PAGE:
There are 2 ferry routes operating between Pico and Sao Jorge offering you combined total of 14 sailings per week. Atlanticoline operates 2 routes, Sao Roque to Velas runs 10 times per week & Madalena to Velas about 4 times weekly.
As the frequency and duration of crossings on some routes varies we would advise that you do a live search for crossings from Pico to Sao Jorge to get the most up to date information.
Pico is the second largest island in the Azores, a Portuguese archipelago in the North Atlantic Ocean.
With a landscape dominated by exotic plants and its namesake volcano, Pico is one of the best islands in the Azores for hiking and mountain biking. Wine production also plays an important role in Pico’s culture, with UNESCO protected vineyards in the towns of Lajido, Cabrito and Madelena, which are all well worth seeing.
Pico boasts the finest natural swimming holes in the archipelago, too, and the longest lava tube in Europe, which reaches over 3 miles, so there’s plenty to enjoy whilst exploring the island.
Given Pico’s central location in the Azores, it is a good departure point for the rest of the archipelago. From the island’s main port on the north-central coast, numerous ferry routes are provided to most of the other islands.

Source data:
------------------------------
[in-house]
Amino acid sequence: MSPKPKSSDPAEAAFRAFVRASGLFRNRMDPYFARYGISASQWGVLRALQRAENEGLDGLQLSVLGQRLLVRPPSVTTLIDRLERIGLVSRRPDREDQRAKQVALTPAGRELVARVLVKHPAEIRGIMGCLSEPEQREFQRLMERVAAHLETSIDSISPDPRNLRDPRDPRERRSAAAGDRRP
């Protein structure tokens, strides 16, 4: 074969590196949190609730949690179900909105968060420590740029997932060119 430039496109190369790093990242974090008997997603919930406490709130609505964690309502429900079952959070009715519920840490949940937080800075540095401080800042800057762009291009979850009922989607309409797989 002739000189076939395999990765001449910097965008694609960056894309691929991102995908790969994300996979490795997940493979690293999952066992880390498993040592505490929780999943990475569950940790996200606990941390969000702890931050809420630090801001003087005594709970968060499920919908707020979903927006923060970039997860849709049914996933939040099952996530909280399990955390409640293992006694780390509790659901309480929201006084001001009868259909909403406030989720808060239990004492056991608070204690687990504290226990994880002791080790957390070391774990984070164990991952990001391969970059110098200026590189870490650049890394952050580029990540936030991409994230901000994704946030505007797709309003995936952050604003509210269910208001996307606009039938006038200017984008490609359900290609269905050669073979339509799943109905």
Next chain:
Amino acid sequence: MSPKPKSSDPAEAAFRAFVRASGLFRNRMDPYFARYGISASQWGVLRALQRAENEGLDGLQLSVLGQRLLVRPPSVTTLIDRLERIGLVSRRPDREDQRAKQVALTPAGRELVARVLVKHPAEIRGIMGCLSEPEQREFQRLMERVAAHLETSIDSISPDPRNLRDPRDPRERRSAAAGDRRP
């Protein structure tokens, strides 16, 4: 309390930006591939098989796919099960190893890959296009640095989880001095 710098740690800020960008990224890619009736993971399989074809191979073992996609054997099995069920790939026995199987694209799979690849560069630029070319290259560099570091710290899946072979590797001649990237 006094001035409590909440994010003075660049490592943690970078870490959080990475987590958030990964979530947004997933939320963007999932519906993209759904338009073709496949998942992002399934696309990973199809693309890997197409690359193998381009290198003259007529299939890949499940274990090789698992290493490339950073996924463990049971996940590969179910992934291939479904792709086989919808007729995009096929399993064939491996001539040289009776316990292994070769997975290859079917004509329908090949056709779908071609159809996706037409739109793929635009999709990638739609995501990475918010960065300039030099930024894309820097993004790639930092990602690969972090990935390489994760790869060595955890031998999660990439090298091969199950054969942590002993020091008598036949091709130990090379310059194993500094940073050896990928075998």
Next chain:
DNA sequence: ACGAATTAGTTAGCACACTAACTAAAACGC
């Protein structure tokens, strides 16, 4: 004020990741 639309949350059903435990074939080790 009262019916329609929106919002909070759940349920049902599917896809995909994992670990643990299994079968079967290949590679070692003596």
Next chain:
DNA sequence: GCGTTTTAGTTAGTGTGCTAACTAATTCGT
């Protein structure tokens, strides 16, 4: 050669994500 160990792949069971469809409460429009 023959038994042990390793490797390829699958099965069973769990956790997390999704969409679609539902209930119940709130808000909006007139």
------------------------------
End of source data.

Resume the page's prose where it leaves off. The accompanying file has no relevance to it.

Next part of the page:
Sao Jorge is a slim stretch of land, measuring fifty-six km long and just eight km wide, in the Azores archipelago, a chain of Portuguese islands in the North Atlantic Ocean.
Undulating peaks, countless emerald-green craters and steep, jagged cliffs encompass some of the ever-changing landscape on this hiker-friendly strip of the Azores. At over a thousand metres, Pico da Esperanca is the highest point, affording lovely views of the surrounding Central Group islands: Faial, Pico and Graciosa. Velas, Sao Jorge’s idyllic capital, sprawls around its picturesque harbour, which dates back to the 1400s, and the town itself has a beautifully made, traditional Azorean bandstand in the main plaza.
The main port of Sao Jorge is in Velas on the northwest coast, which is easily reachable from the majority of Azorean islands by ferry, with some routes from the other Central Group lasting just a couple of hours.